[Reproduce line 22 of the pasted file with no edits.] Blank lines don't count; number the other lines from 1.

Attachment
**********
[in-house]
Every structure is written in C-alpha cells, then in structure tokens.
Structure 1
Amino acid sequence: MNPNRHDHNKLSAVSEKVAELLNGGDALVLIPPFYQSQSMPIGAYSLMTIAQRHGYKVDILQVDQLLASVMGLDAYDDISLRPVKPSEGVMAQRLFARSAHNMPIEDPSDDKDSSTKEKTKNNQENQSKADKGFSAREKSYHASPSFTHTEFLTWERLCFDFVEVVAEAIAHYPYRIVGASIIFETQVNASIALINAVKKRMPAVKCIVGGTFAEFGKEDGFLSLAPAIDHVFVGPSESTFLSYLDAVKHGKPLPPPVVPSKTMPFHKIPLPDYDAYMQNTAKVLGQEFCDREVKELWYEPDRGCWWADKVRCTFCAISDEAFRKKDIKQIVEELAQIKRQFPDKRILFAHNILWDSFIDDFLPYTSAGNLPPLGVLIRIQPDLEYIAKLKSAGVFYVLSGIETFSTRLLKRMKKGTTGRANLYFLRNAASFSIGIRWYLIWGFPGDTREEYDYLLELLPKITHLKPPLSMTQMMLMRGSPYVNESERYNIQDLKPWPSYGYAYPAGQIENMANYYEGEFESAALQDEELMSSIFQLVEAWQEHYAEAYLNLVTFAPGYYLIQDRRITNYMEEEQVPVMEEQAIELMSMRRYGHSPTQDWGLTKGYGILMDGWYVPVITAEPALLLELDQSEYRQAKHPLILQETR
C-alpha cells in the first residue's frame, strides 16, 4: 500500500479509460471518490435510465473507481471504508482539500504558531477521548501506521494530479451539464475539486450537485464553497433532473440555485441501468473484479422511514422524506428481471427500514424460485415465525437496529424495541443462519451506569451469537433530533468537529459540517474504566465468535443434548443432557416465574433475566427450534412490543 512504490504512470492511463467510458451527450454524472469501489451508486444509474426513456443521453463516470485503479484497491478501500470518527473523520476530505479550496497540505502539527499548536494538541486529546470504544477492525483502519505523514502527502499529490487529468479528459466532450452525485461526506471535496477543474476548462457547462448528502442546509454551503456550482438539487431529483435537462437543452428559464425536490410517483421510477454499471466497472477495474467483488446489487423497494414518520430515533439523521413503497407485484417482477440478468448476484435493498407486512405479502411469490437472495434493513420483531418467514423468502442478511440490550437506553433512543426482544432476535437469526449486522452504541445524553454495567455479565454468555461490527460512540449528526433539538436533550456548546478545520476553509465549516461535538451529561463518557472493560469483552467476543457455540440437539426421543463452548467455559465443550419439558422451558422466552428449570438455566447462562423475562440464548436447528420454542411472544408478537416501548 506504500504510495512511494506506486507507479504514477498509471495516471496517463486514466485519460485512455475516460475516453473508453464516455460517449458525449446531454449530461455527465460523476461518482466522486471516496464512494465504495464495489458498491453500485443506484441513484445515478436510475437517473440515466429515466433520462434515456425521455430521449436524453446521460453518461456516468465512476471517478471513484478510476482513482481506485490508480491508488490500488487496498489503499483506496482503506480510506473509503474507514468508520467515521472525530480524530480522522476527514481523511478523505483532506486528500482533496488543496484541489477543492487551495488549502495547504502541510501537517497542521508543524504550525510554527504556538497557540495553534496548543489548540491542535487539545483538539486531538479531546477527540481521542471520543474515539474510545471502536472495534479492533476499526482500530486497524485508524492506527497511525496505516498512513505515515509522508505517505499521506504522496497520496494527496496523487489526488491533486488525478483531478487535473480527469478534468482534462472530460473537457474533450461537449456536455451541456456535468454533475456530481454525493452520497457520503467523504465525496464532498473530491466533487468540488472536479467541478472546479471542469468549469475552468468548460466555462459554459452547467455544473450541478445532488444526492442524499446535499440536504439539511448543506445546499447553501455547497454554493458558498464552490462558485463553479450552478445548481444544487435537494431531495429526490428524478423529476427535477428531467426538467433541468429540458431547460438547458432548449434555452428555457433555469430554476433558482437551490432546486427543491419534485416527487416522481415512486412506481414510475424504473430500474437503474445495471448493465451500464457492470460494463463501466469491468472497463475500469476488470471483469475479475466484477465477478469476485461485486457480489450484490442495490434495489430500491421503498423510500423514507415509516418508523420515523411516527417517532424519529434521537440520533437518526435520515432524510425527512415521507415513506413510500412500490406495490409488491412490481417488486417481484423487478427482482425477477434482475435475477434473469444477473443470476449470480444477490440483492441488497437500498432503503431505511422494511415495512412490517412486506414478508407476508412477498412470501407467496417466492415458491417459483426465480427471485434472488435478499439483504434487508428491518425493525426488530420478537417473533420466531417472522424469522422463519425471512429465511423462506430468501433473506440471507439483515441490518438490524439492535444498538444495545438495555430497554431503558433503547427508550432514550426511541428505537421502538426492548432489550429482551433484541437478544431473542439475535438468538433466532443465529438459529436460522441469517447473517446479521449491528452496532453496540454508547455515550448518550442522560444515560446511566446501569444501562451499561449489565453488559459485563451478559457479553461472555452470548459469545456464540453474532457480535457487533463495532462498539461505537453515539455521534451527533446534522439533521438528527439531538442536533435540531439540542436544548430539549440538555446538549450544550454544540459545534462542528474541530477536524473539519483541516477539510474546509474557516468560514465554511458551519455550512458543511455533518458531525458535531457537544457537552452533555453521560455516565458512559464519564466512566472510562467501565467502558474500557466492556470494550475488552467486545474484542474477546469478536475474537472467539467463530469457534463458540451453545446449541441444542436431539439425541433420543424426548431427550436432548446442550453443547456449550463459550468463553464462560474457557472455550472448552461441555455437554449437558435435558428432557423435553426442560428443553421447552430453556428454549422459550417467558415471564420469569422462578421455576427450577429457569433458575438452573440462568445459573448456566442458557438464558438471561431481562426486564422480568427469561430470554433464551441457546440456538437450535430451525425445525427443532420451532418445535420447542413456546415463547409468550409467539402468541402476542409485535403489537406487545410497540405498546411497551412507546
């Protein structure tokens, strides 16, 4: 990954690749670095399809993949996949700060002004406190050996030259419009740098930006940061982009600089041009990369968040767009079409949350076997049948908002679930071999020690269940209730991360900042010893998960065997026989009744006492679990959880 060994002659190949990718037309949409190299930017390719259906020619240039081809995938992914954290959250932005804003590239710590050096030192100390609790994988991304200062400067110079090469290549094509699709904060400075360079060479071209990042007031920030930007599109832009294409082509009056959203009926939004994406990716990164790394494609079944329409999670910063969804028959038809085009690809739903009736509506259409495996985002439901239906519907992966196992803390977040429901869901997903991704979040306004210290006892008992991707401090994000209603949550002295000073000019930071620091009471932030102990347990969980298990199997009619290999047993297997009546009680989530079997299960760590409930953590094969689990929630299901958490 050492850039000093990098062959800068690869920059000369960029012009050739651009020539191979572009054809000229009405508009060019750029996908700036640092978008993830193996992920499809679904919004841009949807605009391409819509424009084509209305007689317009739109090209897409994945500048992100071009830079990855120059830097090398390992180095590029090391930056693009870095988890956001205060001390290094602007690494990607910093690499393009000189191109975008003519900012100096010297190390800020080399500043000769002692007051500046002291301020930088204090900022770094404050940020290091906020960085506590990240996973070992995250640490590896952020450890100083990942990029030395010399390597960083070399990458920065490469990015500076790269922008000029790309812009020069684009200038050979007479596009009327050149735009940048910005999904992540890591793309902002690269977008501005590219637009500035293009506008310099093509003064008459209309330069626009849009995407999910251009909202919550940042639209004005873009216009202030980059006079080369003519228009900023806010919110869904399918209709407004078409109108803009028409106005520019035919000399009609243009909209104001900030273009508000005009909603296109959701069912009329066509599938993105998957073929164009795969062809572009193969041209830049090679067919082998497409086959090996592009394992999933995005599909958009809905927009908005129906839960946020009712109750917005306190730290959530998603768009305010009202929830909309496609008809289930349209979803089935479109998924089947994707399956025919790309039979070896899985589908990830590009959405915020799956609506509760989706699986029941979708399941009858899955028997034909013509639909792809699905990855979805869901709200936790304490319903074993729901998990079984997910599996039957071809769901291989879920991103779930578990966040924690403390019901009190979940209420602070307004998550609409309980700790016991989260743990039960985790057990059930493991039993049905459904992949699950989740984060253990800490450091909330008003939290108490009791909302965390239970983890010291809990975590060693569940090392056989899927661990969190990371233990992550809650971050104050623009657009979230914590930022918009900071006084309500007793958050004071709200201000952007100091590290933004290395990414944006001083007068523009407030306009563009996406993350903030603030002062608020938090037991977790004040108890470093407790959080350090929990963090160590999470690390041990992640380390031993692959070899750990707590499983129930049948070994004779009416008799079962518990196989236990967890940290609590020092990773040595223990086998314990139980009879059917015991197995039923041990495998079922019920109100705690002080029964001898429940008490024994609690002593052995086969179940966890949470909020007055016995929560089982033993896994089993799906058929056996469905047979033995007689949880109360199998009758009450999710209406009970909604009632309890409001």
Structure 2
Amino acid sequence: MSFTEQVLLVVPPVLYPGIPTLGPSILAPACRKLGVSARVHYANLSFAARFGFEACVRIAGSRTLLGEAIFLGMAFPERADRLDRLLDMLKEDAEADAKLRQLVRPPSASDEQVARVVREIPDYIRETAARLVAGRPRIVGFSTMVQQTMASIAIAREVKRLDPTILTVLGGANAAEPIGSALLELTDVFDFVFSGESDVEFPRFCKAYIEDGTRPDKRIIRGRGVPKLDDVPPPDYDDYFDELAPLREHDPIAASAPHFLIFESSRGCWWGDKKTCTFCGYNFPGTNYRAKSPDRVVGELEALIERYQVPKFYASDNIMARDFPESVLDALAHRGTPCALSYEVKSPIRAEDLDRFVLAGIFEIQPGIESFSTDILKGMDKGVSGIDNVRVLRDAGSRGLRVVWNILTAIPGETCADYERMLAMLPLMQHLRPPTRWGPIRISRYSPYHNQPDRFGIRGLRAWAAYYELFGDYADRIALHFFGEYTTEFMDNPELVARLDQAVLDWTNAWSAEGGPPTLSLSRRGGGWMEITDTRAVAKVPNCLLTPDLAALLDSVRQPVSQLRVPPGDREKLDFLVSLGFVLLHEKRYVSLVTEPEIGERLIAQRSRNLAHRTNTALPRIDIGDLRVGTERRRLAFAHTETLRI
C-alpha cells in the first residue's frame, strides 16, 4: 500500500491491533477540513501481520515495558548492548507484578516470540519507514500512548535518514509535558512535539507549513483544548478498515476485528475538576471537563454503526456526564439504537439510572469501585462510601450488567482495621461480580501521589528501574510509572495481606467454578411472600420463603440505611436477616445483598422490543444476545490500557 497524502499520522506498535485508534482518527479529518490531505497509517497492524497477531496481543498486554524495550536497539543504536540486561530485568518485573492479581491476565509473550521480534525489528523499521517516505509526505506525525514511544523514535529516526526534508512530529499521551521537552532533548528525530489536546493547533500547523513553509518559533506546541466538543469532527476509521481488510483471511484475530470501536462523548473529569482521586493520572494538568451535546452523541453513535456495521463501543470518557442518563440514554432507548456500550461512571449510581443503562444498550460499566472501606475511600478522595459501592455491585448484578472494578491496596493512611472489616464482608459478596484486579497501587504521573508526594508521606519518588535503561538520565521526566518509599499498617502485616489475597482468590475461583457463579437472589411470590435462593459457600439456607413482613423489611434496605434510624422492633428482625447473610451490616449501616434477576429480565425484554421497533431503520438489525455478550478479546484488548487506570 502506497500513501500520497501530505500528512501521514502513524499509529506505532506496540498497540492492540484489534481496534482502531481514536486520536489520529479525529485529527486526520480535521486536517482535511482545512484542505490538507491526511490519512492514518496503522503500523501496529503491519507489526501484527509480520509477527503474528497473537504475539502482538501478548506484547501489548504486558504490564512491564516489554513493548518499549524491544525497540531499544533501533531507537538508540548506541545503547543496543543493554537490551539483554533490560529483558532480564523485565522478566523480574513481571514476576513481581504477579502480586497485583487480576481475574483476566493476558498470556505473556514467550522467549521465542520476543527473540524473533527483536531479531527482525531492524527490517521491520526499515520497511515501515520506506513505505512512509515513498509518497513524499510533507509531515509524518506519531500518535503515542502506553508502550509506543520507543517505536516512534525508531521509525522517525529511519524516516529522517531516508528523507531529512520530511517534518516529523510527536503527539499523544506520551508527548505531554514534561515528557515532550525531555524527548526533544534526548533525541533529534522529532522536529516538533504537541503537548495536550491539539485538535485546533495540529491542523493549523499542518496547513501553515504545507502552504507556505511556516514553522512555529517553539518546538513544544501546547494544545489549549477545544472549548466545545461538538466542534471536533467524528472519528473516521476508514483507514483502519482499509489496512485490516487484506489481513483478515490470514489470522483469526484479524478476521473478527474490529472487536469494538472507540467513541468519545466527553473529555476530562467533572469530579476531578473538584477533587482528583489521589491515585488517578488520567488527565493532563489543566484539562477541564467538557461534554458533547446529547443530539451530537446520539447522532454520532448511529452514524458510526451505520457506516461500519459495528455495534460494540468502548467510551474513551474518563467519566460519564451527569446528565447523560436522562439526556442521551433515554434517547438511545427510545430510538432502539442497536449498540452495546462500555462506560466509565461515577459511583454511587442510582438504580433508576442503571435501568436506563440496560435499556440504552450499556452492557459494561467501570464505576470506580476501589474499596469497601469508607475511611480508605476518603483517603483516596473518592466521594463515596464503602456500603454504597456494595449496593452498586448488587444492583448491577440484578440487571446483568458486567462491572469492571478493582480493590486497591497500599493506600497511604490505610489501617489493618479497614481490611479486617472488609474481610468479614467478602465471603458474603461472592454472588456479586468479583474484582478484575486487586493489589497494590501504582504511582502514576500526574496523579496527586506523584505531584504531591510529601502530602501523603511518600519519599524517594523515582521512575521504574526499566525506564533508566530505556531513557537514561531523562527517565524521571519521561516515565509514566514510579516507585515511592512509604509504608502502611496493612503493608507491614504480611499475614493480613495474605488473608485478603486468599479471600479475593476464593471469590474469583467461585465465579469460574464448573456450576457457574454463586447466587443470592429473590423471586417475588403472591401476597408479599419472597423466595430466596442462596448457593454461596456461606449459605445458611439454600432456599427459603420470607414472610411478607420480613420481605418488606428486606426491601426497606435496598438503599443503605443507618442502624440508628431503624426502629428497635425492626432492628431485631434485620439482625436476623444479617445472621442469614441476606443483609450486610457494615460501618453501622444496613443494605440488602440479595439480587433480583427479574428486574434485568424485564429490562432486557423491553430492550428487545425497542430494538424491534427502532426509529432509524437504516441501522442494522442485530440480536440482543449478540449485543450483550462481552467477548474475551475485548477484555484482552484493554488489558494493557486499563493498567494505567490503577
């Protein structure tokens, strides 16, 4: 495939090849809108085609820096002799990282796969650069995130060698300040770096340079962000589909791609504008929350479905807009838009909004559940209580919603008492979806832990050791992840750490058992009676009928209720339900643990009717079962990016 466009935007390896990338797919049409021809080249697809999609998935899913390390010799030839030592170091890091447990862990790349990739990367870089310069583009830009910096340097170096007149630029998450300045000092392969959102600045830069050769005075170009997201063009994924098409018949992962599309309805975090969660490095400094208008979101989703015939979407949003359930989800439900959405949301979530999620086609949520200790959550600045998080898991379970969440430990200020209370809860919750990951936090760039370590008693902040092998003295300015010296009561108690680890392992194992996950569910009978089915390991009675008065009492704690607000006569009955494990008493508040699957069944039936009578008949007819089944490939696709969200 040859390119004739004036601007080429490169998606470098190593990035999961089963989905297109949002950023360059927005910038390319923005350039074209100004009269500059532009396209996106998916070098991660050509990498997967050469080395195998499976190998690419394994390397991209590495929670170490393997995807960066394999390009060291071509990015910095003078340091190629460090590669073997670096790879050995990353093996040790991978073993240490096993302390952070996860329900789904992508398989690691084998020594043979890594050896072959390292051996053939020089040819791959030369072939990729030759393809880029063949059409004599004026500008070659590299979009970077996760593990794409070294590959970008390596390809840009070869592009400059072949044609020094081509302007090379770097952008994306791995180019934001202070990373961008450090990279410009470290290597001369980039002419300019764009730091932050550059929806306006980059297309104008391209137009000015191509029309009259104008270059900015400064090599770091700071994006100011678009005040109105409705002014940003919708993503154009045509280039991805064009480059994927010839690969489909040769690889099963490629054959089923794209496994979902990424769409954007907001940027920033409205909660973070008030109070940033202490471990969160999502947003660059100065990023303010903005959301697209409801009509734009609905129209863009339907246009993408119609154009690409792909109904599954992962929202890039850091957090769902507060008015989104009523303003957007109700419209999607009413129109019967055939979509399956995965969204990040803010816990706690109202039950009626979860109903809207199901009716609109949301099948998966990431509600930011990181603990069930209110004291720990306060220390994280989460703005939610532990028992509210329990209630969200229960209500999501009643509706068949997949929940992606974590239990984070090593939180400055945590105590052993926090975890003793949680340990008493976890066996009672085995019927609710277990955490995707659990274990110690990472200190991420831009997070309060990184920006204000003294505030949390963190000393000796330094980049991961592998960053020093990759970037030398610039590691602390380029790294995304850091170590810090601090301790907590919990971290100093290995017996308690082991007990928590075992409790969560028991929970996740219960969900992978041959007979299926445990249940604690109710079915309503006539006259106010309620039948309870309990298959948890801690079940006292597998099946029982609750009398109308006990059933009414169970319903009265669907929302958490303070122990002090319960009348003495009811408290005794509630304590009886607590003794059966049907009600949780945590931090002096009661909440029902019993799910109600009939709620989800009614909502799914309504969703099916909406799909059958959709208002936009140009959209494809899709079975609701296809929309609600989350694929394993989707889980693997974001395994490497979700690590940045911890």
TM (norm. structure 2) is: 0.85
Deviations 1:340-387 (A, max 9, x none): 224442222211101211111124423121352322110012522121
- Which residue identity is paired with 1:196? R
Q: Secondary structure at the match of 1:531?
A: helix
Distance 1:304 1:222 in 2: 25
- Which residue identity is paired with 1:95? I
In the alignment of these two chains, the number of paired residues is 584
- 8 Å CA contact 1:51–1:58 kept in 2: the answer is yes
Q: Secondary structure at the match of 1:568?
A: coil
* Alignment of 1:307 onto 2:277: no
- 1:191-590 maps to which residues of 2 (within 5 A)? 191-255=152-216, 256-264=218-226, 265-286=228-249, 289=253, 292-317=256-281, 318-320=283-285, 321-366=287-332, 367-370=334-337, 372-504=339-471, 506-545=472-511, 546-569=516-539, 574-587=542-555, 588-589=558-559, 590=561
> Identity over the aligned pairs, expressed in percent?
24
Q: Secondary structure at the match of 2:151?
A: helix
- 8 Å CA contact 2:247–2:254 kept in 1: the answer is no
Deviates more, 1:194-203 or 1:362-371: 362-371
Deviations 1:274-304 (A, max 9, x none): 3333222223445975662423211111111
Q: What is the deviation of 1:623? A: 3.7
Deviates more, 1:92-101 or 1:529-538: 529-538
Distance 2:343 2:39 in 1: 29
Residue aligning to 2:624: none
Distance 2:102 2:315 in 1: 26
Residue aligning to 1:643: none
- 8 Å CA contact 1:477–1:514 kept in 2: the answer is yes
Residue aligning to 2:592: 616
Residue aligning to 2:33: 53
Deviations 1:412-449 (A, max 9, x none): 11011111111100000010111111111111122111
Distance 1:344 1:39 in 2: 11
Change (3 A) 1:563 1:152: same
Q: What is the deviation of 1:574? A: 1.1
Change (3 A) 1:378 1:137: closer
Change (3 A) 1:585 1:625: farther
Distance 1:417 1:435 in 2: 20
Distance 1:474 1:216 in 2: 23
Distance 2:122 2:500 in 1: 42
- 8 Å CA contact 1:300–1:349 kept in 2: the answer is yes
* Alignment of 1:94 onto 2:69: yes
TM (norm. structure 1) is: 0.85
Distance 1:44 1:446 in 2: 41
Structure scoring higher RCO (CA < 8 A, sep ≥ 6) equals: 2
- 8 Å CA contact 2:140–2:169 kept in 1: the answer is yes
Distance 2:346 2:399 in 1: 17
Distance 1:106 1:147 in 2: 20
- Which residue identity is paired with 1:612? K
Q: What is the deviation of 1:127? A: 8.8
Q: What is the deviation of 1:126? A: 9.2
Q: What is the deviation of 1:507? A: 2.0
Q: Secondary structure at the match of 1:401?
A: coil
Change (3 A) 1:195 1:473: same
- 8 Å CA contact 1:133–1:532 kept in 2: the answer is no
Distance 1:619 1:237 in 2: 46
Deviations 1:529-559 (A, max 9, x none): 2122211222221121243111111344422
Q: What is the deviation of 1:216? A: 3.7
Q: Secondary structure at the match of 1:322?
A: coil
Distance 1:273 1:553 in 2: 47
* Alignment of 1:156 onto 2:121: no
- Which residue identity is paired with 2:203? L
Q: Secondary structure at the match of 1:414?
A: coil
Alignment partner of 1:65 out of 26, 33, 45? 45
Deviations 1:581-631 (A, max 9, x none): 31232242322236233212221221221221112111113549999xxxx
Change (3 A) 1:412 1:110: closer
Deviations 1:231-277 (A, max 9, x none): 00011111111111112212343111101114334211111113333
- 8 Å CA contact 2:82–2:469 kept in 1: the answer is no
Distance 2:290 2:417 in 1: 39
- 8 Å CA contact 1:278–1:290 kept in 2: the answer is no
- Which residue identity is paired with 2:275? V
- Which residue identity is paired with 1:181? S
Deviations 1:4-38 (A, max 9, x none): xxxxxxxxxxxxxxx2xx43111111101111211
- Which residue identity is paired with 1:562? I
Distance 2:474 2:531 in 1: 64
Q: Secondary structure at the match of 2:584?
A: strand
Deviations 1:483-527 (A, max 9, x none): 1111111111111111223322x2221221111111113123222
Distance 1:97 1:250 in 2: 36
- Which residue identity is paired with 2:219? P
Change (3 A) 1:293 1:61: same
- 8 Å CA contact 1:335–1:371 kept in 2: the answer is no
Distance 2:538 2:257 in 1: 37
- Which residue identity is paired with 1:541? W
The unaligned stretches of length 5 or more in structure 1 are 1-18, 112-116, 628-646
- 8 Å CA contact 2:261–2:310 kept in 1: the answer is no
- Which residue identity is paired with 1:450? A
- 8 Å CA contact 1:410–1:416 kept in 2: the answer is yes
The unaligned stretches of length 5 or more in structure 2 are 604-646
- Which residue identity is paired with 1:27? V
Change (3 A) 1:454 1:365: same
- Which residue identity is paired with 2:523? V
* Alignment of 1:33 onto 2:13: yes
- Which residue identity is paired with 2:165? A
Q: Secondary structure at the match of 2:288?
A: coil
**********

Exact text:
* Alignment of 1:307 onto 2:277: no